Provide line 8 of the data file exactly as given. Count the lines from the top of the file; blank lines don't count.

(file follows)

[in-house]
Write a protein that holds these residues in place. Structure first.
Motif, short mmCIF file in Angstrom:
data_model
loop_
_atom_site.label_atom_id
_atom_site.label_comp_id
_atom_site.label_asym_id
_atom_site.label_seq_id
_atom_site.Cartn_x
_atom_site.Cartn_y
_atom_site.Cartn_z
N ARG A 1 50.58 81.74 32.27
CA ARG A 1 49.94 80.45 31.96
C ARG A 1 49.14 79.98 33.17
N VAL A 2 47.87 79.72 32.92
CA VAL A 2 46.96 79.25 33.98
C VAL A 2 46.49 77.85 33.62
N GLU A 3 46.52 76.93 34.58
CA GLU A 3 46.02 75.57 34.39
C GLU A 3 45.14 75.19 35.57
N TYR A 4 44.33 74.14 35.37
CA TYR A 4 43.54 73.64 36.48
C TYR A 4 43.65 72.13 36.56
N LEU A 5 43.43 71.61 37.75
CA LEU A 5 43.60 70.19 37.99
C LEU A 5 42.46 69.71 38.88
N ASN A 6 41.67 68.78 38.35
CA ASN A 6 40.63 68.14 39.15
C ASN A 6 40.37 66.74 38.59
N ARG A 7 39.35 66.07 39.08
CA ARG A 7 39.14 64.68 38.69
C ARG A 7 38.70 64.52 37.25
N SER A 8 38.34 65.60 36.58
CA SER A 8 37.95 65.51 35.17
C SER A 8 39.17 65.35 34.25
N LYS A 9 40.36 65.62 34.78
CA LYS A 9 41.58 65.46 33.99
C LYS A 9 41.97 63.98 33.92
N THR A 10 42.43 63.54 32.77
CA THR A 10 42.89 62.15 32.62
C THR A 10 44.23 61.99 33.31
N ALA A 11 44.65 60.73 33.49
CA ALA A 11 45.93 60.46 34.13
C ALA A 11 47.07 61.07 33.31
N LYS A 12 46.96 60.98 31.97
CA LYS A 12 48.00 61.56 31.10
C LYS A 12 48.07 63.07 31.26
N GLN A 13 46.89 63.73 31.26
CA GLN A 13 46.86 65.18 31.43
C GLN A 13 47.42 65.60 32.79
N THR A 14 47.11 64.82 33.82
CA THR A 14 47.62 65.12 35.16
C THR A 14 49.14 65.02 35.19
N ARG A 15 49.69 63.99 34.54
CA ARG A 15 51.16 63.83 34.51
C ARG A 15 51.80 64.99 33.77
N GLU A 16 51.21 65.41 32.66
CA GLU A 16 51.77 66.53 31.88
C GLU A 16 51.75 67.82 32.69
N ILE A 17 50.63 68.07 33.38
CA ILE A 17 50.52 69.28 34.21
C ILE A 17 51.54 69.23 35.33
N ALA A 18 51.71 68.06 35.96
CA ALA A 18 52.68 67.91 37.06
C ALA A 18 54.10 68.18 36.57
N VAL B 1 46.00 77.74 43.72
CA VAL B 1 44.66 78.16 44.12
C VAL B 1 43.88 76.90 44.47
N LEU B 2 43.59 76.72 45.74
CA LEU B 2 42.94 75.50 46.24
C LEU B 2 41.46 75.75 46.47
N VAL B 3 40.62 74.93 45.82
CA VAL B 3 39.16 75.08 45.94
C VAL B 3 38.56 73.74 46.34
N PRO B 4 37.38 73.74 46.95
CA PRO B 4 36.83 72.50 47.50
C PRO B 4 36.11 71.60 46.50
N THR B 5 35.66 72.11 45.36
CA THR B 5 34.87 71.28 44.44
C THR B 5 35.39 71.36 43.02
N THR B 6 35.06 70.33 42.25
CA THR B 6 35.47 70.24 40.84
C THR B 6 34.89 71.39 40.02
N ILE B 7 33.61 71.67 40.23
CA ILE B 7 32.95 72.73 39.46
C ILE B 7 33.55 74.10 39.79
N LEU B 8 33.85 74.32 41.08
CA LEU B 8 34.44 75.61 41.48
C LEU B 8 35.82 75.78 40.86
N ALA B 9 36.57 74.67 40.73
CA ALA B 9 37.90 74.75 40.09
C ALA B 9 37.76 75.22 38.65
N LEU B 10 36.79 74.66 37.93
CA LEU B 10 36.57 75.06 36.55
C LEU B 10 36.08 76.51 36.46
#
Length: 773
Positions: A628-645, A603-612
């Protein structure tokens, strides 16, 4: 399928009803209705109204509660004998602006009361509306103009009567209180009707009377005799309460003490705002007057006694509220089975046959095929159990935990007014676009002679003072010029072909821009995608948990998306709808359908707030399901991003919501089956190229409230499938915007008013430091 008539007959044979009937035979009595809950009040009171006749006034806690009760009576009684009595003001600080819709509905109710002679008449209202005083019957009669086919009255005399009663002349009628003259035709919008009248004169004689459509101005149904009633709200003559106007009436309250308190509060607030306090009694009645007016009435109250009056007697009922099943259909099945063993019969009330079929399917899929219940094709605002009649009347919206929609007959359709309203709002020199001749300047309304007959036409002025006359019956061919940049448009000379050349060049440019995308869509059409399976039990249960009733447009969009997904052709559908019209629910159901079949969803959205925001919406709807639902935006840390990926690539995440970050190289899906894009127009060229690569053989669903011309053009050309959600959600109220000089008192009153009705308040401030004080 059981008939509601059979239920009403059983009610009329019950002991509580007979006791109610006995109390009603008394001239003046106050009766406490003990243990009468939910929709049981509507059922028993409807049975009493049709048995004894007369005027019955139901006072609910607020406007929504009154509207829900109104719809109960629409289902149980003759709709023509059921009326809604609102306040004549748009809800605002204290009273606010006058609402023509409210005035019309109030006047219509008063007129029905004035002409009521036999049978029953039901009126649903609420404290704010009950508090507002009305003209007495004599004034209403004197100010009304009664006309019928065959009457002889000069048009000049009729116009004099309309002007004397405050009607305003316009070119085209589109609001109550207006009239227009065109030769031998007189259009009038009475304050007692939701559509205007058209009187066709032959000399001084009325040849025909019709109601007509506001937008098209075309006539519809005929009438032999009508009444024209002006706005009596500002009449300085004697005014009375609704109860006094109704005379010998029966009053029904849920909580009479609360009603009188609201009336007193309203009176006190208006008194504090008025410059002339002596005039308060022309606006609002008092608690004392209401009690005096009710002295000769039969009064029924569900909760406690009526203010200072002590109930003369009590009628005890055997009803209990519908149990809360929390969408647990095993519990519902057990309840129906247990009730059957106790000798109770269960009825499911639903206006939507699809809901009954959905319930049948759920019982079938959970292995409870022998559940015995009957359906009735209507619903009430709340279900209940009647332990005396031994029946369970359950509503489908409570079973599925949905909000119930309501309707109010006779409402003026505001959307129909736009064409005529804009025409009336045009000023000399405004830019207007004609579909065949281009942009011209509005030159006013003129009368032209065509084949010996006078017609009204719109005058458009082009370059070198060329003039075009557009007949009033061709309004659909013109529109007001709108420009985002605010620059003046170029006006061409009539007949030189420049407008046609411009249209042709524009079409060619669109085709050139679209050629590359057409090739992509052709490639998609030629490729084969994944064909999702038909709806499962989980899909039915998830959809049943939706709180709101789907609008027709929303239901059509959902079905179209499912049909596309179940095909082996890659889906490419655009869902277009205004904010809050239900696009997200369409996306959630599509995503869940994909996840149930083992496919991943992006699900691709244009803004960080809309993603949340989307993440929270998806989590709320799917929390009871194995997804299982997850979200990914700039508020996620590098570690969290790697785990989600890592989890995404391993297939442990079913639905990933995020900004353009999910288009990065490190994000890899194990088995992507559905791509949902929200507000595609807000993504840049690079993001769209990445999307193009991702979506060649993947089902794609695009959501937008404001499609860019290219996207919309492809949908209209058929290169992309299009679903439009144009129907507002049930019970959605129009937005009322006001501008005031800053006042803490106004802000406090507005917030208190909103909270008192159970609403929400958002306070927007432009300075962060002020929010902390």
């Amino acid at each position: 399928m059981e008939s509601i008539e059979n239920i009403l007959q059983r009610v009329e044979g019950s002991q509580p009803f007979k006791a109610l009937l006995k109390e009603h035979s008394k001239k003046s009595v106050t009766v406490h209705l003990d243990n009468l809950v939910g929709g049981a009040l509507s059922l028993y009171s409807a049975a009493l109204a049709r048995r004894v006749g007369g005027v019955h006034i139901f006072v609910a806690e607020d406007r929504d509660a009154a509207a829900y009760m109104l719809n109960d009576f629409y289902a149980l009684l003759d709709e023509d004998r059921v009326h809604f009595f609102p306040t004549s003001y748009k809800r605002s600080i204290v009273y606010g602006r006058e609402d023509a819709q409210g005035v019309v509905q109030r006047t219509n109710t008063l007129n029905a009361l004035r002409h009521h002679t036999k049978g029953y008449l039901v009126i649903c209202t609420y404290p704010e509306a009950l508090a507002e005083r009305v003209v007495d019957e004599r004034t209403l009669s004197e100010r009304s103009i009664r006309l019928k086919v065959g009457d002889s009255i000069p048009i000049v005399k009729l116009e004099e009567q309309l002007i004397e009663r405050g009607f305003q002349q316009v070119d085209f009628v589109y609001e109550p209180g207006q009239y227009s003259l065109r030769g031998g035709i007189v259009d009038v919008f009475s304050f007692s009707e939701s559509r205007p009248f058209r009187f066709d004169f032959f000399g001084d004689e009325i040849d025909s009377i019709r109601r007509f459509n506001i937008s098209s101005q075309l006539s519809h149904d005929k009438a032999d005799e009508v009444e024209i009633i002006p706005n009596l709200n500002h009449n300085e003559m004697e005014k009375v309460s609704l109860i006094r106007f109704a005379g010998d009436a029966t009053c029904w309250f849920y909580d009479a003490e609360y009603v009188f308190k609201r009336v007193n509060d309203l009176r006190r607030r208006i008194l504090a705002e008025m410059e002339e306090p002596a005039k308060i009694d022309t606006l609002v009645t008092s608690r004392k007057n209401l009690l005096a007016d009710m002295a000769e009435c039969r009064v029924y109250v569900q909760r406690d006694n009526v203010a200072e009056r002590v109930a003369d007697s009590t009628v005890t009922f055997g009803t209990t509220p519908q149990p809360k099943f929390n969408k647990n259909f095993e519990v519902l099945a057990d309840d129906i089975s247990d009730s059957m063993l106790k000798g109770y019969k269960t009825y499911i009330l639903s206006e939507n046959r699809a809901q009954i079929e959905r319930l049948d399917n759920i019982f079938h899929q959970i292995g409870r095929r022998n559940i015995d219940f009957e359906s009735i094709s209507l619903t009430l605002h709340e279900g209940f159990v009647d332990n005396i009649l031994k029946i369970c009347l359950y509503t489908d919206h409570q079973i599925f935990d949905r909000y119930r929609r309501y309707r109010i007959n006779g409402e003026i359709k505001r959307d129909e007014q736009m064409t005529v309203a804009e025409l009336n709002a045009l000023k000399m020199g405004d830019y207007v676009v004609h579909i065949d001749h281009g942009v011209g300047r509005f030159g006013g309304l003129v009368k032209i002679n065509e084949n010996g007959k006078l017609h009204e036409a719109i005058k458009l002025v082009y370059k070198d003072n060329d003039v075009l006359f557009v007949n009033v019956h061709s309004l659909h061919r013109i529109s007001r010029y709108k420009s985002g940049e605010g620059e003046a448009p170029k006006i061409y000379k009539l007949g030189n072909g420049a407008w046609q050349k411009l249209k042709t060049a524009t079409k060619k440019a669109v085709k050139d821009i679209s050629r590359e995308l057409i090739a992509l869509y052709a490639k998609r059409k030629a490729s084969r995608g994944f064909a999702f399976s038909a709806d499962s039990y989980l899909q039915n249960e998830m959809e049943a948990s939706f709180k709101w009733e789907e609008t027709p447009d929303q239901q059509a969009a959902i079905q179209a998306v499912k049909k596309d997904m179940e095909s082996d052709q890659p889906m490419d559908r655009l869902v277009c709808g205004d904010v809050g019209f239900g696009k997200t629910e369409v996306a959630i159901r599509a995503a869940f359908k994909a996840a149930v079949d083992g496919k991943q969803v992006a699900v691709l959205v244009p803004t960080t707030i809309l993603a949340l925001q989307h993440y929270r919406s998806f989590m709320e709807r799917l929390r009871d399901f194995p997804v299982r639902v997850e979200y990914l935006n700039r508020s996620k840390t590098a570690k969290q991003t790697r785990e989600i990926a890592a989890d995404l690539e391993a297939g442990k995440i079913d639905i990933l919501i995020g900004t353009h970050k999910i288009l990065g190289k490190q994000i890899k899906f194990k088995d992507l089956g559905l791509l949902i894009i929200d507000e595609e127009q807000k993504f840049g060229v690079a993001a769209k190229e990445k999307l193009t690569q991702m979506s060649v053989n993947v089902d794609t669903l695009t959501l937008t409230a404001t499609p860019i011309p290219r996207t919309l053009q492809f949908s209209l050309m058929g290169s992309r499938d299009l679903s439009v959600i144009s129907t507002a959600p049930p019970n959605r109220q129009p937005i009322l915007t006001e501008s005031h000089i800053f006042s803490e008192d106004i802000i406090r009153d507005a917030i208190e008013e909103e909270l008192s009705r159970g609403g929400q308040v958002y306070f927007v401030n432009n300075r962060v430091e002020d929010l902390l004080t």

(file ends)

_atom_site.label_asym_id